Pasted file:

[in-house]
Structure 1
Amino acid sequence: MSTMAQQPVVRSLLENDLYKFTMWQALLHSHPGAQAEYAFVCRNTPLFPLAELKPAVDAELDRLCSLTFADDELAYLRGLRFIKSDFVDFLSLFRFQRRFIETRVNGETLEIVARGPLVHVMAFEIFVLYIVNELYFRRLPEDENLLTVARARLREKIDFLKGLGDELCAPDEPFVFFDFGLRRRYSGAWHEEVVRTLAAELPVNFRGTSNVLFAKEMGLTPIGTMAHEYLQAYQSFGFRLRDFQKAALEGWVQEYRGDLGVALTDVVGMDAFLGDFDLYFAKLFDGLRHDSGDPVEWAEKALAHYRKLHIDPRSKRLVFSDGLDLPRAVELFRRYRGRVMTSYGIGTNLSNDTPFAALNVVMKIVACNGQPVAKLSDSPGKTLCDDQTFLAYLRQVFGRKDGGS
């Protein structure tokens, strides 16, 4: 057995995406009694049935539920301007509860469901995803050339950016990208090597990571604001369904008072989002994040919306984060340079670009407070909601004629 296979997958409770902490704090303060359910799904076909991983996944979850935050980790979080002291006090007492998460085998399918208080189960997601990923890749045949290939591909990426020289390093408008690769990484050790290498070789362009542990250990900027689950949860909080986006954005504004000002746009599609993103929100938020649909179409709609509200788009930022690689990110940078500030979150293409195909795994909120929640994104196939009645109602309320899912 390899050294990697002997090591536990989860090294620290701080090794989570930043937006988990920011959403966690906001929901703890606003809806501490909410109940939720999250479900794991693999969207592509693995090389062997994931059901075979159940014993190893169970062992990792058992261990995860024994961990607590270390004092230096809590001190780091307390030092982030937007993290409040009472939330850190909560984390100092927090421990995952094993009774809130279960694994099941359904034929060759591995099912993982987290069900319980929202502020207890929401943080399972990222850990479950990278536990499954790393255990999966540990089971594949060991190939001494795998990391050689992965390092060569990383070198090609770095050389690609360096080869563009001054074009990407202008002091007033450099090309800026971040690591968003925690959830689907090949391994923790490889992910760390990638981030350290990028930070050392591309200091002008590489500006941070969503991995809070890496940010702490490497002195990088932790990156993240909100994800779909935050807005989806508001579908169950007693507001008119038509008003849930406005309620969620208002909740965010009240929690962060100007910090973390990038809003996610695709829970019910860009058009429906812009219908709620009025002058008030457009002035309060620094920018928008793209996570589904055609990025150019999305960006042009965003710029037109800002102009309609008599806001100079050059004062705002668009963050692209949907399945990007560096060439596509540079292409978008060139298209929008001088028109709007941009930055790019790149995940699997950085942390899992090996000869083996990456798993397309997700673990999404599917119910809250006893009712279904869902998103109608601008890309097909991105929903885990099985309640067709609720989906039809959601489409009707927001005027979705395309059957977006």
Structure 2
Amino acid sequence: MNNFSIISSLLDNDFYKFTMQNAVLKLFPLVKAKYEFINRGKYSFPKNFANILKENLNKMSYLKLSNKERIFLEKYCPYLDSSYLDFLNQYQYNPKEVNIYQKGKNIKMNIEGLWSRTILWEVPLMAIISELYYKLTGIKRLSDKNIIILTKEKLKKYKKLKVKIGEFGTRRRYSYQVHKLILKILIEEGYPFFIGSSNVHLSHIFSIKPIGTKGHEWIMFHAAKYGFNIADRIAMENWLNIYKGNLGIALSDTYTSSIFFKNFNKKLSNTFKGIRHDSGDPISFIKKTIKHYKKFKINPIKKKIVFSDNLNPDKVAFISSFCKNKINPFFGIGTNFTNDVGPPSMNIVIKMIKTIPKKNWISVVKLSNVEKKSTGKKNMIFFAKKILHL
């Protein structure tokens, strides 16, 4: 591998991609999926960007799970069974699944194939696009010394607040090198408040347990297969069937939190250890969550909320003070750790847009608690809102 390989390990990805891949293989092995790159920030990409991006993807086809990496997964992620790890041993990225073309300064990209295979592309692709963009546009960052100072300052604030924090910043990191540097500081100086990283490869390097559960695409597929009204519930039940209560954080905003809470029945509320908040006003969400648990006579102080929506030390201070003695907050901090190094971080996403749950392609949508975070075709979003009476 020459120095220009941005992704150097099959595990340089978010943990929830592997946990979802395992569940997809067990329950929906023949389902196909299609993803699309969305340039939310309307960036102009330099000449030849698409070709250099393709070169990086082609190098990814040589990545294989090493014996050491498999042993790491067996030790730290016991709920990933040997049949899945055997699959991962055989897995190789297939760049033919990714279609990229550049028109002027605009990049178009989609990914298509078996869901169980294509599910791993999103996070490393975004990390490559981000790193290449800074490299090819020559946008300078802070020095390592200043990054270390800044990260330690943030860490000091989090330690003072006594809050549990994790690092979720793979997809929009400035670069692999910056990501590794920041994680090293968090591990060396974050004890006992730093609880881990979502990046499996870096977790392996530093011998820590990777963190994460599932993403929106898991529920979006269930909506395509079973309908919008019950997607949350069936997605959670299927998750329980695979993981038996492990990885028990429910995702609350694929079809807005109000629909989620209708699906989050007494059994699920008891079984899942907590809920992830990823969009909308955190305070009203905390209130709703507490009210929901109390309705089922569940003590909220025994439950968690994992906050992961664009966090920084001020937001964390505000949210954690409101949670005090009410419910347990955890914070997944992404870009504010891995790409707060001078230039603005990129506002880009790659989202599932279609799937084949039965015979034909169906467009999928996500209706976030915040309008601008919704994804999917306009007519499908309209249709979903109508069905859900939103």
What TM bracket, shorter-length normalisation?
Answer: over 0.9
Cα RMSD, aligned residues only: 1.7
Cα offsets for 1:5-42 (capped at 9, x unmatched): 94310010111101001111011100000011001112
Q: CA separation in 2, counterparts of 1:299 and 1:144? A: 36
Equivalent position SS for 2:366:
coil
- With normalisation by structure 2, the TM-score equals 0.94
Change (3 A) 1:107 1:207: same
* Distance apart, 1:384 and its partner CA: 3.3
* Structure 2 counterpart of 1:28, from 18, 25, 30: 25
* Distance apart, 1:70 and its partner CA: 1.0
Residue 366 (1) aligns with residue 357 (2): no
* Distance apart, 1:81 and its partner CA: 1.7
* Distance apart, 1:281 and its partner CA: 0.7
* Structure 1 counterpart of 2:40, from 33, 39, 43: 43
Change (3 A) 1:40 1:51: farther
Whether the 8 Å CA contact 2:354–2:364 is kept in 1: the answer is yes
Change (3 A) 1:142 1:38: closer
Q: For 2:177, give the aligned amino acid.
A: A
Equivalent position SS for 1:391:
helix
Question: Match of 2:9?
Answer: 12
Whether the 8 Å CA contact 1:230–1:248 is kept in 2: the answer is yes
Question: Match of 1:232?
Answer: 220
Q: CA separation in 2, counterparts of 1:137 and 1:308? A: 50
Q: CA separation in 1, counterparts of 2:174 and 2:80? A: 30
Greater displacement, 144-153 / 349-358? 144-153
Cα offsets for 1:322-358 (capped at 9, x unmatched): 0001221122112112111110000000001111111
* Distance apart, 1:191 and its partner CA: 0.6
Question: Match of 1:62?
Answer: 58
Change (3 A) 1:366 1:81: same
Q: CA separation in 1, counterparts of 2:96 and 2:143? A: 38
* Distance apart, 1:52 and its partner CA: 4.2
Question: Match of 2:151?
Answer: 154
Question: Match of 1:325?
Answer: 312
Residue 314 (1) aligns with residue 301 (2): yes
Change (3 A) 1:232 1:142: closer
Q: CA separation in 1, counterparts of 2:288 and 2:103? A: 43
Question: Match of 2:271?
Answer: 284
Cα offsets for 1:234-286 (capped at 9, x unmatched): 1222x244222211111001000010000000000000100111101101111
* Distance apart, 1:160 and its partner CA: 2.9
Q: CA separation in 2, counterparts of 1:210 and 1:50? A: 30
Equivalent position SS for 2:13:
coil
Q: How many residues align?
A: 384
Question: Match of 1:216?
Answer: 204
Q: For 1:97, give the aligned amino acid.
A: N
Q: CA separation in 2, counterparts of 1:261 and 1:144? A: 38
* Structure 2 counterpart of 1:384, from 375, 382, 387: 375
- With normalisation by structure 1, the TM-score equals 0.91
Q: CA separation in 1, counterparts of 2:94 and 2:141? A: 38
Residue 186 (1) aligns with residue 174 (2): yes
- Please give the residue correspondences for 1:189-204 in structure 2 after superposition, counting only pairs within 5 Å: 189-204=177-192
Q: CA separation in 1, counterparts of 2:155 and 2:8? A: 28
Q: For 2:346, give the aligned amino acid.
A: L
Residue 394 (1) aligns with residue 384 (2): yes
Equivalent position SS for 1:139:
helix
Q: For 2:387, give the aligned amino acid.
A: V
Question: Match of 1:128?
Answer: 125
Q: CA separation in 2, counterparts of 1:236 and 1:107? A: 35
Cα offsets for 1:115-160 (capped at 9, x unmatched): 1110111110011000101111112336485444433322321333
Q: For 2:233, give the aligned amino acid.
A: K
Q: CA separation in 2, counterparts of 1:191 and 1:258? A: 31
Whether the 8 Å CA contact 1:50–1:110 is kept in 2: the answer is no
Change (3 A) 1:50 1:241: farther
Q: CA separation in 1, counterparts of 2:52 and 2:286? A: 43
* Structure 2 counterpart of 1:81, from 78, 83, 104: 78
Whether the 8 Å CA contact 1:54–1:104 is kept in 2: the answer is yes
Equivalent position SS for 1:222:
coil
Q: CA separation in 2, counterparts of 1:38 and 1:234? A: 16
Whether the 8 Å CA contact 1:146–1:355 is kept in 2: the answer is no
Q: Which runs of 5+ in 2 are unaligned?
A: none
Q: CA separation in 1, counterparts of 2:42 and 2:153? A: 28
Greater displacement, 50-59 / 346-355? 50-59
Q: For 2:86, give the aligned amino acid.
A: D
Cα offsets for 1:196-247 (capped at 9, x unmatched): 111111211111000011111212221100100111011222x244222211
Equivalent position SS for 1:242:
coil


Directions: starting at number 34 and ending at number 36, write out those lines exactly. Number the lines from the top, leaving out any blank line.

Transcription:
Question: Match of 1:232?
Answer: 220
Q: CA separation in 2, counterparts of 1:137 and 1:308? A: 50